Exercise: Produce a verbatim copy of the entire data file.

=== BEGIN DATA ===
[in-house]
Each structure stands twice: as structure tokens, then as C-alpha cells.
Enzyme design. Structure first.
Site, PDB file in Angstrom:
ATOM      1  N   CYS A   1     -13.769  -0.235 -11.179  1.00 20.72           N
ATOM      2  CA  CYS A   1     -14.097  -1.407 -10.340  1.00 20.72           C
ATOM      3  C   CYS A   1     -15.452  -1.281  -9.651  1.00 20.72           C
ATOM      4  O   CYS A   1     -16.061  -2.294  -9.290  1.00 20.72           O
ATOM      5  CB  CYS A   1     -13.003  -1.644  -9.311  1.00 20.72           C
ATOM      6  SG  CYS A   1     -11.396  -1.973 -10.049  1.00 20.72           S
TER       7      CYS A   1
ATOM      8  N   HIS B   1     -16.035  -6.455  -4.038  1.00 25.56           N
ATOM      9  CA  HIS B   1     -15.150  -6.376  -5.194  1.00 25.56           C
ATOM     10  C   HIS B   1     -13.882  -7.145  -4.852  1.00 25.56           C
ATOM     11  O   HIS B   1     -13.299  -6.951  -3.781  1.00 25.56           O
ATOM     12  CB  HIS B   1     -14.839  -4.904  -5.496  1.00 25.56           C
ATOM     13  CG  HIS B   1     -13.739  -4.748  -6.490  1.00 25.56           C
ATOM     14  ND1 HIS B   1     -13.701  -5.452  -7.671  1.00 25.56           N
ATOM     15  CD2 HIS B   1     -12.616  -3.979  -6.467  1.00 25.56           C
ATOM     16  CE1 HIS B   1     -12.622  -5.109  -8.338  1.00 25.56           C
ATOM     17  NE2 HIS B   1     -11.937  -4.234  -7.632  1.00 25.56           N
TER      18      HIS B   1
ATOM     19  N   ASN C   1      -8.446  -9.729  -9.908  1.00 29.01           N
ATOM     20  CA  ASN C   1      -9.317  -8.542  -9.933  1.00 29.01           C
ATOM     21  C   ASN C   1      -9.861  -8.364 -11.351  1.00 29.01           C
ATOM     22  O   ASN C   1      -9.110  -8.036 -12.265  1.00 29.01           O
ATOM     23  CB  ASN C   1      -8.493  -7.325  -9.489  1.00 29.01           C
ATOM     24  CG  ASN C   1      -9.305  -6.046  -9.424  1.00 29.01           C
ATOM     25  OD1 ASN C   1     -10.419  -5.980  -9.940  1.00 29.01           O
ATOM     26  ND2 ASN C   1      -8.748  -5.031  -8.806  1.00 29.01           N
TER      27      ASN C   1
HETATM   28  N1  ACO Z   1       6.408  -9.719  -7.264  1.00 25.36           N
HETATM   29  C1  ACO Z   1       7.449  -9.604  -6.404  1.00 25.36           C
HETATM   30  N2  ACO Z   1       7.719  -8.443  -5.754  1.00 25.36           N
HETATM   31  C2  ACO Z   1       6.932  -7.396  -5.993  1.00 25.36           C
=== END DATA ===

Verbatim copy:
[in-house]
Each structure stands twice: as structure tokens, then as C-alpha cells.
Enzyme design. Structure first.
Site, PDB file in Angstrom:
ATOM      1  N   CYS A   1     -13.769  -0.235 -11.179  1.00 20.72           N
ATOM      2  CA  CYS A   1     -14.097  -1.407 -10.340  1.00 20.72           C
ATOM      3  C   CYS A   1     -15.452  -1.281  -9.651  1.00 20.72           C
ATOM      4  O   CYS A   1     -16.061  -2.294  -9.290  1.00 20.72           O
ATOM      5  CB  CYS A   1     -13.003  -1.644  -9.311  1.00 20.72           C
ATOM      6  SG  CYS A   1     -11.396  -1.973 -10.049  1.00 20.72           S
TER       7      CYS A   1
ATOM      8  N   HIS B   1     -16.035  -6.455  -4.038  1.00 25.56           N
ATOM      9  CA  HIS B   1     -15.150  -6.376  -5.194  1.00 25.56           C
ATOM     10  C   HIS B   1     -13.882  -7.145  -4.852  1.00 25.56           C
ATOM     11  O   HIS B   1     -13.299  -6.951  -3.781  1.00 25.56           O
ATOM     12  CB  HIS B   1     -14.839  -4.904  -5.496  1.00 25.56           C
ATOM     13  CG  HIS B   1     -13.739  -4.748  -6.490  1.00 25.56           C
ATOM     14  ND1 HIS B   1     -13.701  -5.452  -7.671  1.00 25.56           N
ATOM     15  CD2 HIS B   1     -12.616  -3.979  -6.467  1.00 25.56           C
ATOM     16  CE1 HIS B   1     -12.622  -5.109  -8.338  1.00 25.56           C
ATOM     17  NE2 HIS B   1     -11.937  -4.234  -7.632  1.00 25.56           N
TER      18      HIS B   1
ATOM     19  N   ASN C   1      -8.446  -9.729  -9.908  1.00 29.01           N
ATOM     20  CA  ASN C   1      -9.317  -8.542  -9.933  1.00 29.01           C
ATOM     21  C   ASN C   1      -9.861  -8.364 -11.351  1.00 29.01           C
ATOM     22  O   ASN C   1      -9.110  -8.036 -12.265  1.00 29.01           O
ATOM     23  CB  ASN C   1      -8.493  -7.325  -9.489  1.00 29.01           C
ATOM     24  CG  ASN C   1      -9.305  -6.046  -9.424  1.00 29.01           C
ATOM     25  OD1 ASN C   1     -10.419  -5.980  -9.940  1.00 29.01           O
ATOM     26  ND2 ASN C   1      -8.748  -5.031  -8.806  1.00 29.01           N
TER      27      ASN C   1
HETATM   28  N1  ACO Z   1       6.408  -9.719  -7.264  1.00 25.36           N
HETATM   29  C1  ACO Z   1       7.449  -9.604  -6.404  1.00 25.36           C
HETATM   30  N2  ACO Z   1       7.719  -8.443  -5.754  1.00 25.36           N
HETATM   31  C2  ACO Z   1       6.932  -7.396  -5.993  1.00 25.36           C